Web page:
Alternatives to Capitalism

There Are Good Alternatives to US Capitalism, But No Way to Get There

Jerry Mander’s new book explores the fatal flaws of the “obsolete” capitalist system and strategies for change.

By Jerry Mander

The following is an excerpt from Jerry Mander’s new book The Capitalism Papers: Fatal Flaws of an Obsolete System (Counterpoint, 2013):

Which Way Out?

Let’s start with some good news. There is no shortage of good alternative ideas, plans, and strategies being put forth by activist groups and “new economy” thinkers in the United States and all countries of the world. Some seek to radically reshape the current capitalist system. Others advocate abandoning it for something new (or old). There is also a third option, a merger of the best points of other existing or proposed options, toward a “hybrid” economic model that can cope with modern realities.

Meanwhile, U.S.-style laissez-faire capitalists, who now dominate the politics and economy in this country, continue to argue that all solutions must be determined by the “free market.” But the free market does not focus on the needs of democracy, or the implications of rampant inequity, or the catastrophic problems of the natural world. The free market is interested in one thing: expanding wealth. That is its only agenda. Nothing else matters, at least until the system collapses. Klaus Schwab had it right. And the situation is not much better abroad.

Ecological economist Brian Davey reported from the Beyond Growth Congress in Berlin (2011) that there was “much talk of the need for democratization to facilitate the post-growth economy. However, there was great skepticism for how much could be achieved. . . . The grip of corporate lobby interests over politics at national [U.S.] and European levels is too great. The state is a weak instrument for the kind of change that has to happen.” (Adbusters, December 2011)

In the same issue, Simon Critchley, professor of philosophy at the New School, New York, concurred: “Citizens still believe that governments represent the interests of those who elect them, and have the power to create effective change. But they don’t, and they can’t. We do not live in democracies. We inhabit plutocracies; government by the rich.”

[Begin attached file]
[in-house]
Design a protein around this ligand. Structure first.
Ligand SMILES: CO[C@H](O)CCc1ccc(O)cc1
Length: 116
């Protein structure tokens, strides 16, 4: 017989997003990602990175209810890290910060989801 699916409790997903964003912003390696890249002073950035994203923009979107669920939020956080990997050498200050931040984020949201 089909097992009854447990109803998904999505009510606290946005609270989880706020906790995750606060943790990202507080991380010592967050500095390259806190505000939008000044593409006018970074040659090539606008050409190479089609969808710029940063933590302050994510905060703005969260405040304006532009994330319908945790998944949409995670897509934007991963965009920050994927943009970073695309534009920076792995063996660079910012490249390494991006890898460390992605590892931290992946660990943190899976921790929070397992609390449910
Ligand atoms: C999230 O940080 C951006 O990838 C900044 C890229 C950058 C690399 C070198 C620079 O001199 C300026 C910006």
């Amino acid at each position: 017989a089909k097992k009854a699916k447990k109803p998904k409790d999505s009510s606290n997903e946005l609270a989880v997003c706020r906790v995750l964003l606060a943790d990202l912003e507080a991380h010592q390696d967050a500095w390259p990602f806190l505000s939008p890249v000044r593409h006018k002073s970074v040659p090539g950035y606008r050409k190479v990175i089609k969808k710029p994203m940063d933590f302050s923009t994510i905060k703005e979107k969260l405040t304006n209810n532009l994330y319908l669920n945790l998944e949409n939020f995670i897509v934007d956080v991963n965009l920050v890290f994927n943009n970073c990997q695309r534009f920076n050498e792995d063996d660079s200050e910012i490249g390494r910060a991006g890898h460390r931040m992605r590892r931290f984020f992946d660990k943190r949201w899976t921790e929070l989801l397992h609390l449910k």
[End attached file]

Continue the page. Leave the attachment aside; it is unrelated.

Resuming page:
So, the change will be up to us. And yet the puzzle persists: How do we get from here to there? How do we bridge the chasm from corporate, oligarchic, global dominance of governments, economies, media, and, not least important, military, all driven by the ideologies of consumerism, growth, and “progress,” toward some new set of values and structures?

What struck me most about the Occupy Wall Street movement was the way the Occupiers initially resisted formally articulating the kinds of changes they hoped to see. By their very lack of expression, they deliberately seemed to imply that the problem is more extreme. Systemic. Total. They seemed to say that there was little point in describing ways to modify governance, because all the currently available forms and instruments of power are themselves inaccessible, and no longer valid. One of the precursors of the U.S. Occupy movement, the Indignados (the “outraged”) of Spain—who’ve been doing mass demonstrations in Madrid’s public squares since May 2011—put it explicitly: “You do not represent us!” It’s their complaint about lack of responsive government, but also their desire to break with representation altogether, and to act for themselves. It expresses a loss of faith in the leaders and systems of governance as they now exist.

Living in the United States and watching the near dissolution of our own governance system over recent decades makes it hard to disagree with the perception that government is moribund, bought and sold by a small oligarchic class. As we try to describe good new approaches begging for application toward transformative change, the governing institutions of this society—corporate power, military power, media— continue to control all the levers of change as few systems before have done. These governing institutions are emphatically not interested in our transformative projects. This seems to apply nearly as much to the Obama regime as it does to Republicans. At most, each party gives systemic reform some lip service. But really, they prefer to co-opt, repress, or kill it in order to protect their benefactors.

Read more » Alternet

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